Welcome to my place ... Chania, Crete

‘You will inevitably get a glass or two of the local firewater raki’

Dermot and Christine Pleiss relaxing in a “beautiful quiet spot” called Lykkos on the south coast of Crete

Dermot and Christine Pleiss relaxing in a “beautiful quiet spot” called Lykkos on the south coast of Crete

 

Dermot Pleiss is from Cork and his wife, Christine, is from Waterford. They moved to Chania in Crete in 2007, having fallen in love with it after taking many holidays there. Dermot retrained as an English teacher, and teaches English privately to Greeks, Bulgarians, Albanians, and “whoever else wants to learn it”.

What do you like about living in Chania?
I like the laid-back attitude in Chania. It is like Ireland, but more cavalier. We loved the forty shades of green in Ireland, but not so much the process involved in producing them. We wanted a life without wellies, umbrellas and the possibility of somebody saying fine soft day, thank god, so we moved here.

Where is the first place you bring people to when they visit Chania?
The old harbour, which is the heart of the city. Wander out to the Egyptian lighthouse, which stands guard over the harbour entrance, then take your pick of the myriad of restaurants and tavernas, where you can find some real culinary gems if you know where to look.

The top three things to do there, that don’t cost money in Chania, are ...
There is a huge choice of beaches stretching for almost 20 kilometres from near the centre of Chania, west to the village of Kolymbari. Some beaches charge for sun beds, but there is always room for anyone who wants to bring a towel and find a nice spot.

The second one is the “Volta” in the old harbour. This is the evening stroll that Greeks indulge in in the relative cool after the sun has gone down. You can promenade and strut your stuff, that is if you haven’t overindulged on the sun bed during the day or you may run the risk of being mistaken for the lobster on the menu in the excellent fish restaurants.

The third, and possibly most unexpected free thing is the athletic track and outdoor gym facilities in the athletic stadium. The stadium is very close to the “Agora”, the covered indoor market right in the centre of Chania. So, fitness fanatics, can check out the running track and outdoor gym machines that are open to the public.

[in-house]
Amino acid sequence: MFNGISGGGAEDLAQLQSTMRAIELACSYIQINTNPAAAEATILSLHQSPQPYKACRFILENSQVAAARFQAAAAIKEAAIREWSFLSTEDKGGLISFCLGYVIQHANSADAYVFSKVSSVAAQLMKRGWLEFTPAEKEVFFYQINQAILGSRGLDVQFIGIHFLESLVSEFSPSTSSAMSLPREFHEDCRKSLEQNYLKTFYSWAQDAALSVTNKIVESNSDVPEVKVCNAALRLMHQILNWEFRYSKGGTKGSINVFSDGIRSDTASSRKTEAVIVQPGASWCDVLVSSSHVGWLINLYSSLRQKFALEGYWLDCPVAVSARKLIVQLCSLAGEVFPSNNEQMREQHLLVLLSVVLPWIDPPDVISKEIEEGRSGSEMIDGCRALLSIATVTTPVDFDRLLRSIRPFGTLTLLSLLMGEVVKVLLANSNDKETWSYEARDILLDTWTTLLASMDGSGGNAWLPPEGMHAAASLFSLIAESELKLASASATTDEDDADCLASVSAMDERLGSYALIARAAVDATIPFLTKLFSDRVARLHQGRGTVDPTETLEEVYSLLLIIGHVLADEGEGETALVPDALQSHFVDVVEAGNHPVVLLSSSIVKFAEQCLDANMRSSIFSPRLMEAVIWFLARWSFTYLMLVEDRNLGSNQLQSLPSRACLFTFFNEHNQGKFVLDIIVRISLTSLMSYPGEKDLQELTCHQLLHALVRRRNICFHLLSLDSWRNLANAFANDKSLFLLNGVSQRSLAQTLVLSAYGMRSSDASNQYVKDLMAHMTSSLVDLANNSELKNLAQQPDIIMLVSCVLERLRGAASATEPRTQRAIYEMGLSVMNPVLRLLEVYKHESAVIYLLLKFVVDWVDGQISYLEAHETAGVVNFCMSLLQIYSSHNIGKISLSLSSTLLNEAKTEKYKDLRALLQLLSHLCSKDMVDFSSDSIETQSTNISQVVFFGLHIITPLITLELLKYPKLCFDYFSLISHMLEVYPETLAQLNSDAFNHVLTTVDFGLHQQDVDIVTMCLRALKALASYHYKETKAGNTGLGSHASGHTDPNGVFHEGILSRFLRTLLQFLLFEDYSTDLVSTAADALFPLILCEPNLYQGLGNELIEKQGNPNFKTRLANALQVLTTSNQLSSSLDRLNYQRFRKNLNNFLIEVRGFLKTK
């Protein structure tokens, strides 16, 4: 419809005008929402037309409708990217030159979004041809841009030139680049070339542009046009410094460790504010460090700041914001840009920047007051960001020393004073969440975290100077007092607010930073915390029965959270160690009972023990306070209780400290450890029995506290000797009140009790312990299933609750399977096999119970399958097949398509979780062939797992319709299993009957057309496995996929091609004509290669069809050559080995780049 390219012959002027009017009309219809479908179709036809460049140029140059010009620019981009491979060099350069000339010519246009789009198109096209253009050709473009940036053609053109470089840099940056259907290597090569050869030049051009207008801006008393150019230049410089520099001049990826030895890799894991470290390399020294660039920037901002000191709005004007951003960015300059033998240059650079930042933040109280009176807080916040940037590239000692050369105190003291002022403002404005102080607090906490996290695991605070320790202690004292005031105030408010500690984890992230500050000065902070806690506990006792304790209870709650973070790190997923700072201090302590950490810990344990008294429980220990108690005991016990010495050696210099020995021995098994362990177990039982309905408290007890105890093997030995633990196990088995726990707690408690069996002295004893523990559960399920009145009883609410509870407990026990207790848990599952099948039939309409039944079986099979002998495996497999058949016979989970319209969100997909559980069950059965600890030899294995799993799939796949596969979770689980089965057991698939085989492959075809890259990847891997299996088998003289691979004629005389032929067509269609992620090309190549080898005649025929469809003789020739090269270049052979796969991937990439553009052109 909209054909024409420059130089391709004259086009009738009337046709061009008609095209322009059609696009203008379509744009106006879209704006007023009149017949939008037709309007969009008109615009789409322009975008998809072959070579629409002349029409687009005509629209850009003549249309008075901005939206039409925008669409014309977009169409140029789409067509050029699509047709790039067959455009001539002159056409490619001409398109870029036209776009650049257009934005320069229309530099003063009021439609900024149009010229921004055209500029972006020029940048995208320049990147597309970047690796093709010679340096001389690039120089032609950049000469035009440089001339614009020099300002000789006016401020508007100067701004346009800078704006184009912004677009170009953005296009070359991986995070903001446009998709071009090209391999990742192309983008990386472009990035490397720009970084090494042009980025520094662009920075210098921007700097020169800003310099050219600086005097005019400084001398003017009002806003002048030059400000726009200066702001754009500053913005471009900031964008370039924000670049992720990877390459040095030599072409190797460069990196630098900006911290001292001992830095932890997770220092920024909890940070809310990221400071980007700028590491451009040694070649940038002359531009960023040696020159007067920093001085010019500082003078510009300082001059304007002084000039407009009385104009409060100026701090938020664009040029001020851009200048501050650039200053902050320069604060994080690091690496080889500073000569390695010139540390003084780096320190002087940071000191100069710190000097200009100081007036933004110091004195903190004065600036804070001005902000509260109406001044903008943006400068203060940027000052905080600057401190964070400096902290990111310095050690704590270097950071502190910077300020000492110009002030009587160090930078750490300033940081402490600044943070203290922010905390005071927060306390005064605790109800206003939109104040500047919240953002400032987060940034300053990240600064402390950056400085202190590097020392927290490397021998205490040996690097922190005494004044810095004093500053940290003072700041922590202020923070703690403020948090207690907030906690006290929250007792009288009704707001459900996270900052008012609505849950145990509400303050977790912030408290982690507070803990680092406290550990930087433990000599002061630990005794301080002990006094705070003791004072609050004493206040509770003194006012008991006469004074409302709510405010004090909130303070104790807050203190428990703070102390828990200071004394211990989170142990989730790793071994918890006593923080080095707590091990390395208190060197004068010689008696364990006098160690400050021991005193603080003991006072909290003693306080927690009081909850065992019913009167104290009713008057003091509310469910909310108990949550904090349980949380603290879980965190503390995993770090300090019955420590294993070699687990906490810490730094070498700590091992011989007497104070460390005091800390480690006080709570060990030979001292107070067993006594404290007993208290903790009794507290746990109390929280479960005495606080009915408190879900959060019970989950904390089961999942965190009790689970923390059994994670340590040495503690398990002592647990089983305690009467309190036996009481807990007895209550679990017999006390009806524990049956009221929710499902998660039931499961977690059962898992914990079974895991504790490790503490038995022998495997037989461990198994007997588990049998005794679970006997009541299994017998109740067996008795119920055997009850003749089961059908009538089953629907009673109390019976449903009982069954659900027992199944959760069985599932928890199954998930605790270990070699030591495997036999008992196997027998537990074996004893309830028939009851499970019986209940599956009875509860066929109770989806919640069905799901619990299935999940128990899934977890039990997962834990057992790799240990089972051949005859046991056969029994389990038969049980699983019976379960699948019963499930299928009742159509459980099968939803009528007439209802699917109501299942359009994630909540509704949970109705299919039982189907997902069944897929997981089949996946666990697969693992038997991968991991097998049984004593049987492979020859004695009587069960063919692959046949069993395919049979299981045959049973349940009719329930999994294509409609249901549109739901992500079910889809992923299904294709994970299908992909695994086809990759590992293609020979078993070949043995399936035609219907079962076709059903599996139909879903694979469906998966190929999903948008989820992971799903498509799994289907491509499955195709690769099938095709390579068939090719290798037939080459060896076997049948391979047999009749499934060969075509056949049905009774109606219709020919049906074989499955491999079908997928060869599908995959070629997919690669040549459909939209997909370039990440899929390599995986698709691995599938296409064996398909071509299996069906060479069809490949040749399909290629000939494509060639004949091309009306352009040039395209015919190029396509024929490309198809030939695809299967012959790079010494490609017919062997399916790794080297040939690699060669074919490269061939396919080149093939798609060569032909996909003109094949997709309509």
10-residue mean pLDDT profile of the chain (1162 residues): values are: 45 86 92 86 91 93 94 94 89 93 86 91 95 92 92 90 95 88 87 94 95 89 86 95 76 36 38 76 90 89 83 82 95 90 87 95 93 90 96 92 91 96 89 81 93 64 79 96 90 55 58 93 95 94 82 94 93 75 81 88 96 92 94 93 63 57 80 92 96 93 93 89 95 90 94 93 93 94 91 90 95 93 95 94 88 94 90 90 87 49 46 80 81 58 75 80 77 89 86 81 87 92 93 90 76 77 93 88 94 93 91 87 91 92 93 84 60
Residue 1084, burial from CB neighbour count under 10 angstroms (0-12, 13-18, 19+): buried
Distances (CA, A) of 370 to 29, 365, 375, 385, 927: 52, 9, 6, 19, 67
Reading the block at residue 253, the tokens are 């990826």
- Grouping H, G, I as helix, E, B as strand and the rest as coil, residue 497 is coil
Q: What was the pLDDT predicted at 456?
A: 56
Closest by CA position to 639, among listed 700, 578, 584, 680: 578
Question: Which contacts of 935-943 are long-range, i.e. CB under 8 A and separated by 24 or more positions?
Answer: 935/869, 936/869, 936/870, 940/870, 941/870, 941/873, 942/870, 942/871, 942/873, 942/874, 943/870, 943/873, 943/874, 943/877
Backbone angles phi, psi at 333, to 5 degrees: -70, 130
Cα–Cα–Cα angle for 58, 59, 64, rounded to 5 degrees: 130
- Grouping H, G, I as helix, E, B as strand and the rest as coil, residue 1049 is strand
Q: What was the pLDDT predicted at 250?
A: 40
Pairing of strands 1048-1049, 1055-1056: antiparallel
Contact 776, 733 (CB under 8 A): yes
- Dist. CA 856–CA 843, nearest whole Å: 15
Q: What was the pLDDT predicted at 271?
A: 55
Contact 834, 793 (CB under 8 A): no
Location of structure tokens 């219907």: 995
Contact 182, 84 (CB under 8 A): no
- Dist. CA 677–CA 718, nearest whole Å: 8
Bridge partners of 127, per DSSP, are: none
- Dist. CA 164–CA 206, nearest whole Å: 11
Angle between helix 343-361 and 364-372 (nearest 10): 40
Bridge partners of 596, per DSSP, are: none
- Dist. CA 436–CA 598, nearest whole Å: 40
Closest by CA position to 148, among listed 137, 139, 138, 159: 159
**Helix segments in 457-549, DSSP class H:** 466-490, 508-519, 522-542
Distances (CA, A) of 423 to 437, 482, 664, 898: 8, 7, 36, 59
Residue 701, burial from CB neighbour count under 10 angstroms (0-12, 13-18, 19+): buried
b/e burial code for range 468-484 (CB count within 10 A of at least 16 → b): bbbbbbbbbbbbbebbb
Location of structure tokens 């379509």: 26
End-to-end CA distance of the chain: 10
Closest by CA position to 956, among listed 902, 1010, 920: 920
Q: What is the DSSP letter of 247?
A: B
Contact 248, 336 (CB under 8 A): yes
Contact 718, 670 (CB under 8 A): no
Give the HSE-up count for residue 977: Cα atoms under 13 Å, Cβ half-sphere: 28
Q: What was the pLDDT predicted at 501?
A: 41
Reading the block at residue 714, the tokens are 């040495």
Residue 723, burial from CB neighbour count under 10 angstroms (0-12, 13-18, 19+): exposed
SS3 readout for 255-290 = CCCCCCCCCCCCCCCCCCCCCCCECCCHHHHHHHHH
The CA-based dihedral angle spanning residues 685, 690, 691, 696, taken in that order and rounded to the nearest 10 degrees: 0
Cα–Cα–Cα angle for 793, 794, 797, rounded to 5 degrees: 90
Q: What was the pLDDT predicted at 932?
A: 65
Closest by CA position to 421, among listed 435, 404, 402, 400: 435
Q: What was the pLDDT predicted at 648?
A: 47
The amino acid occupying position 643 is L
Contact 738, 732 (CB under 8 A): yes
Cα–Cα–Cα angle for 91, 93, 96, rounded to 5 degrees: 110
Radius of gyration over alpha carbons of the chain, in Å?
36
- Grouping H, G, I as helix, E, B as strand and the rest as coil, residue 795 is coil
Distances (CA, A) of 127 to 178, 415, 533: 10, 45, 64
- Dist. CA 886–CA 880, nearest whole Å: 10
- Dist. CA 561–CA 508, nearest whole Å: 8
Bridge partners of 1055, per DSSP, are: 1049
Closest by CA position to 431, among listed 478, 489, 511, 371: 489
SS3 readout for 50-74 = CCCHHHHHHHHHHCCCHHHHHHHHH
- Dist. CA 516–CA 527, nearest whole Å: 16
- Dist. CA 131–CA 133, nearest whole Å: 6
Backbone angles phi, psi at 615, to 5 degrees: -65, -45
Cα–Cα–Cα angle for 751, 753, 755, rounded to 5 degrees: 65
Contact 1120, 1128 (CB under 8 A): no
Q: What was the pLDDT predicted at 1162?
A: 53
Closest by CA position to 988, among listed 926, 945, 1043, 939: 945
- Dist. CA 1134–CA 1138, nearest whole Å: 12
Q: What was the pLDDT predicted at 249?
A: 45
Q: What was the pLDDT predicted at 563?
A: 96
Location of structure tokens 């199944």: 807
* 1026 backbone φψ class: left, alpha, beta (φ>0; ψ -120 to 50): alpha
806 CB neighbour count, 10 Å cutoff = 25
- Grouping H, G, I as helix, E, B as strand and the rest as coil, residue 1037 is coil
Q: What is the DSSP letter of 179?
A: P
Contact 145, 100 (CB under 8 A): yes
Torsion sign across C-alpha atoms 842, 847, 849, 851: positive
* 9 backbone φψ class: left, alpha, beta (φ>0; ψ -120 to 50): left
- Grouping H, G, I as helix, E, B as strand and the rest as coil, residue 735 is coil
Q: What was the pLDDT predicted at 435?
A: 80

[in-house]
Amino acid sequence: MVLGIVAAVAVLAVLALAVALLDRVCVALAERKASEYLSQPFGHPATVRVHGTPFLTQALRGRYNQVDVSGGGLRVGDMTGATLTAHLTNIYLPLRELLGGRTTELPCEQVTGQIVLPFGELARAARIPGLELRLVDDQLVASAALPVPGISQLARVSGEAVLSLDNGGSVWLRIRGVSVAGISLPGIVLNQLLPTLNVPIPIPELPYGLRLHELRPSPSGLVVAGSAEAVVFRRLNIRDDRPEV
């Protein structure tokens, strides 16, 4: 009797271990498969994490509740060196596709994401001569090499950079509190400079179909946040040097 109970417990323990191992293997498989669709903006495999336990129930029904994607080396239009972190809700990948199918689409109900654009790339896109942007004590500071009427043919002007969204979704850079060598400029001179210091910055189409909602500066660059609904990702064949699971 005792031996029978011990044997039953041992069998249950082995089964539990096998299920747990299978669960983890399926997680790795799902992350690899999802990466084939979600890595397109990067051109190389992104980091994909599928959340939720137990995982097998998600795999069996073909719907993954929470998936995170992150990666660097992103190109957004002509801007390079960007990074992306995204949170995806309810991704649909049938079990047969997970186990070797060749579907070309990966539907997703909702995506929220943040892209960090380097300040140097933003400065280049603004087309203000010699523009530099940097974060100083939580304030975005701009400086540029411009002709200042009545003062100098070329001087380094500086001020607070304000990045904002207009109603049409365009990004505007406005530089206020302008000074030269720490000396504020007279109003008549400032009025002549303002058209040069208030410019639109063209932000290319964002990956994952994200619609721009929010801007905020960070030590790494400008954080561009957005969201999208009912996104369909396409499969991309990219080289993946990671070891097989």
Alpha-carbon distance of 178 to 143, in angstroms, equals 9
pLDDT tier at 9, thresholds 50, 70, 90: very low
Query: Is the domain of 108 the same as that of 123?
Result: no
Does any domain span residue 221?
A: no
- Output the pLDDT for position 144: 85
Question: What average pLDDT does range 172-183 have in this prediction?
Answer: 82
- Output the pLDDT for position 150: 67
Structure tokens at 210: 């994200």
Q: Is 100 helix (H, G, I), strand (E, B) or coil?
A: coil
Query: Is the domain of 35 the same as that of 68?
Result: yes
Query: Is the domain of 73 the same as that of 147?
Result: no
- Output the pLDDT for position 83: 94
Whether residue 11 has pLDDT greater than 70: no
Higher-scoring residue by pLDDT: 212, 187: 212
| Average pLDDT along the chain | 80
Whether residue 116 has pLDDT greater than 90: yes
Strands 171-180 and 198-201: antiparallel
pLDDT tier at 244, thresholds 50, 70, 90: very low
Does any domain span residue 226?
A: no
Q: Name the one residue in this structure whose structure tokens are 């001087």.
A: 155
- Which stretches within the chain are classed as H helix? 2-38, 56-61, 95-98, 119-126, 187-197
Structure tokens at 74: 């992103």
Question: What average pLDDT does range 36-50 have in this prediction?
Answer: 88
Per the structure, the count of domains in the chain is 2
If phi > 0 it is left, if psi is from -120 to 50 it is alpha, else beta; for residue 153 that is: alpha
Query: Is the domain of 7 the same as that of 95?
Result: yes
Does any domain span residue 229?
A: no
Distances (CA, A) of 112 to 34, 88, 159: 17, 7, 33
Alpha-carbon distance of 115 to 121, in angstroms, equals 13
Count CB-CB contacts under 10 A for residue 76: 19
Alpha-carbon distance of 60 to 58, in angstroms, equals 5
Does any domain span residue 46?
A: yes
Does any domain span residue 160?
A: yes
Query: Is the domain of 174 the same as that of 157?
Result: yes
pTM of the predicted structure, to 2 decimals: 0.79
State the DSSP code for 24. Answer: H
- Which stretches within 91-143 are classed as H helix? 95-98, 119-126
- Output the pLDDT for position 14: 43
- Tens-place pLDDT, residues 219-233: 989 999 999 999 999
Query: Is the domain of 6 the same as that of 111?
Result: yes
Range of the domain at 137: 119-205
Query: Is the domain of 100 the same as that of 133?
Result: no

Where do you recommend for a great meal that gives a flavour of Chania?
Head for O Kavouras or The Crab as it is in English. Close to the mosque in the centre of the harbour, this restaurant might seem to be a tourist trap, but look closely at all the Greeks eating there. If you want authentic food, eat where the locals eat. Rightly famed for their fish menu, don’t order a dessert here. You will inevitably get a free ‘glyka’, a small free dessert, along with a glass or two of the local firewater known as raki. This is due to the Greek tradition of “filoxenia” or “love of strangers”.

Where is the best place to get a sense of Chania’s role in history?
The best place to go for a sense of Chania’s history is the interestingly named Knife Street, very close to the old harbour. Its real name is Sifakas street, but it is known as Knife Street as traditional knife makers still ply their trade there. As you stroll along, layers of history peel back. This is revealed by archaeological digs, in the exposed layers of thousands of years of history piled on top of each other. They are fascinating showing remains from thousands of years of history.

What should visitors save room in their suitcase for after a visit to Chania?
A small bottle of Kolymbari extra virgin olive oil as it is the best in the world, along with “tsatsiki mix”, an all-purpose Greek form of garlic salt that brings a Greek flavour to lots of different dishes.

If you’d like to share your little black book of places to visit where you live overseas, please email your answers to the five questions above to abroad@irishtimes.com, including a brief description of what you do there and a photograph of yourself. We would love to hear from you.

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